EGU23-15360, updated on 15 May 2024
EGU General Assembly 2023
© Author(s) 2024. This work is distributed under
the Creative Commons Attribution 4.0 License.

The Role of Anthropogenic Aerosols in Recent North Atlantic Climate Change: A Synthesis of Findings from the UK ACSIS Programme

Laura Wilcox1, Rowan Sutton1, Jon Robson1, Buwen Dong1, Paul Griffiths2, Daniel Grosvenor3, Daniel Hodson1, James Keeble2, Steven Rumbold1, Alex Archibald2, Ken Carslaw3, Andrea Dittus1, Ben Harvey1, and Bablu Sinha4
Laura Wilcox et al.
  • 1University of Reading, Department of Meteorology, Reading, United Kingdom of Great Britain – England, Scotland, Wales (
  • 2National Centre for Atmospheric Science, University of Cambridge, Cambridge, UK
  • 3Institute for Climate and Atmospheric Science, University of Leeds, Leeds, UK
  • 4National Oceanography Centre, Southampton, UK

Evidence from model simulations has suggested that anthropogenic aerosols may have forced multidecadal variability in a range of North Atlantic variables including sea surface temperatures, ocean circulation, and sea ice. However, many questions remain concerning the importance of anthropogenic aerosols in driving past changes in the North Atlantic climate system. The pathways via which changes in aerosol and aerosol precursor emissions, and oxidant levels, influence climate are complex. They involve both chemical and physical processes, and likely include changes in clouds, radiation, surface temperatures, atmospheric and oceanic circulation, and Arctic sea ice. This complexity is an important factor in the large uncertainty surrounding the role of anthropogenic aerosol in North Atlantic climate change, and was one of the major motivations for the UK’s North Atlantic Climate System Integrated Study (ACSIS). ACSIS was a multidisciplinary research programme conducted over the period 2016-2022, delivered by a consortium of seven UK institutions. This presentation draws together findings from the programme to provide an overall synthesis of what was learned in ACSIS about the role of anthropogenic aerosol in North Atlantic climate change. Remaining uncertainties, the potential for observational constraints, and opportunities for future work will also be discussed.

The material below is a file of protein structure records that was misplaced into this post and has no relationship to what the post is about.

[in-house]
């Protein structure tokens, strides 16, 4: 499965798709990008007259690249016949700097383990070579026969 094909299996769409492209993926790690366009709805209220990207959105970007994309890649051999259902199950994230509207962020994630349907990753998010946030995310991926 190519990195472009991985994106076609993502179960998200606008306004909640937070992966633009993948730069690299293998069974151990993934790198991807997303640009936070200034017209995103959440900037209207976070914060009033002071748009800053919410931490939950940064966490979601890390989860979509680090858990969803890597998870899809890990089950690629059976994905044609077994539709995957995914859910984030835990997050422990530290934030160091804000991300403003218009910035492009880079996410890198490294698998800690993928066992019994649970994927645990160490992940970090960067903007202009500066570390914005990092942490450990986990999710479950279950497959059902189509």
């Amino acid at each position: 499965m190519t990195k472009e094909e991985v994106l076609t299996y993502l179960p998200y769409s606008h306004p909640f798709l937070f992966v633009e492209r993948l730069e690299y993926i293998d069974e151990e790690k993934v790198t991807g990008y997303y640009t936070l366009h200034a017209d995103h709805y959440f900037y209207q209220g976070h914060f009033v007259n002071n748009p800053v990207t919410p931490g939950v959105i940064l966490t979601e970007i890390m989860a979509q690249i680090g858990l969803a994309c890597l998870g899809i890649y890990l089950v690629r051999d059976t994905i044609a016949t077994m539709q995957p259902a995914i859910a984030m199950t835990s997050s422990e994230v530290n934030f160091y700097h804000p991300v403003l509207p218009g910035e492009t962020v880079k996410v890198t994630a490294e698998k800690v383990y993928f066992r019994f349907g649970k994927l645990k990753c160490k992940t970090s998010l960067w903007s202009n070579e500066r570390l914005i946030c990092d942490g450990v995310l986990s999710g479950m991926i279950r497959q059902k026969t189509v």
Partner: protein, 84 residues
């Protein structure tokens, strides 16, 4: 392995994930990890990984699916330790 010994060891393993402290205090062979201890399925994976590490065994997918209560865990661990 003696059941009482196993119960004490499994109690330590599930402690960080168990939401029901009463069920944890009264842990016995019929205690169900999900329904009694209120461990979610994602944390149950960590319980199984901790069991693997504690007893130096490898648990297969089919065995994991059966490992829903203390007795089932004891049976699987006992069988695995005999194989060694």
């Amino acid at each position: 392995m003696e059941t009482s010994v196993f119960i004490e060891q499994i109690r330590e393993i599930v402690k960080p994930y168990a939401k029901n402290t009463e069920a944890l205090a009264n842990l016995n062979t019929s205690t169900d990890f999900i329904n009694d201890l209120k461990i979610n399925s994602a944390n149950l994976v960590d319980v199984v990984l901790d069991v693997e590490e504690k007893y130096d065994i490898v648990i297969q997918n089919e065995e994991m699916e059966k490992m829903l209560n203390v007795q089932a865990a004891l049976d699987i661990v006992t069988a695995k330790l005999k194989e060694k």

ACSIS made extensive use of simulations conducted for CMIP6, particularly historical simulations, and attribution experiments included in AerChemMIP and DAMIP. Additional sensitivity experiments with HadGEM3-GC3.1 and UKESM1 were used to quantify the effects of uncertainty in aerosol forcing in the absence of the additional uncertainty associated with model differences, to decompose the aerosol forcing, and to better illustrate the role of aerosol in recent changes.


As aerosol emissions increased (1850-1985), North Atlantic CDNC increased. Emissions of ozone precursors, and resulting changes in OH, contributed to this trend. This led to downwelling surface shortwave decreases across the North Atlantic, which drove colder surface temperatures, increased sea ice extent, and increased mean sea level pressure. In contrast, the eastern subpolar gyre warmed, likely due to increased ocean heat convergence due to the increase in the AMOC.


As local aerosol emissions fell (1986-2014) much of the reverse occurred. Downwelling surface shortwave increased across the North Atlantic, predominantly over land, driving warmer surface temperatures and reduced sea ice extent. The eastern subpolar gyre cooled. However, the role of aerosol in this later period is less clear due to a dominance of temperature-mediated cloud feedbacks over aerosol forcing, AMOC related feedbacks, and a changing aerosol forcing pattern.

How to cite: Wilcox, L., Sutton, R., Robson, J., Dong, B., Griffiths, P., Grosvenor, D., Hodson, D., Keeble, J., Rumbold, S., Archibald, A., Carslaw, K., Dittus, A., Harvey, B., and Sinha, B.: The Role of Anthropogenic Aerosols in Recent North Atlantic Climate Change: A Synthesis of Findings from the UK ACSIS Programme, EGU General Assembly 2023, Vienna, Austria, 23–28 Apr 2023, EGU23-15360,, 2023.

Supplementary materials

Supplementary material file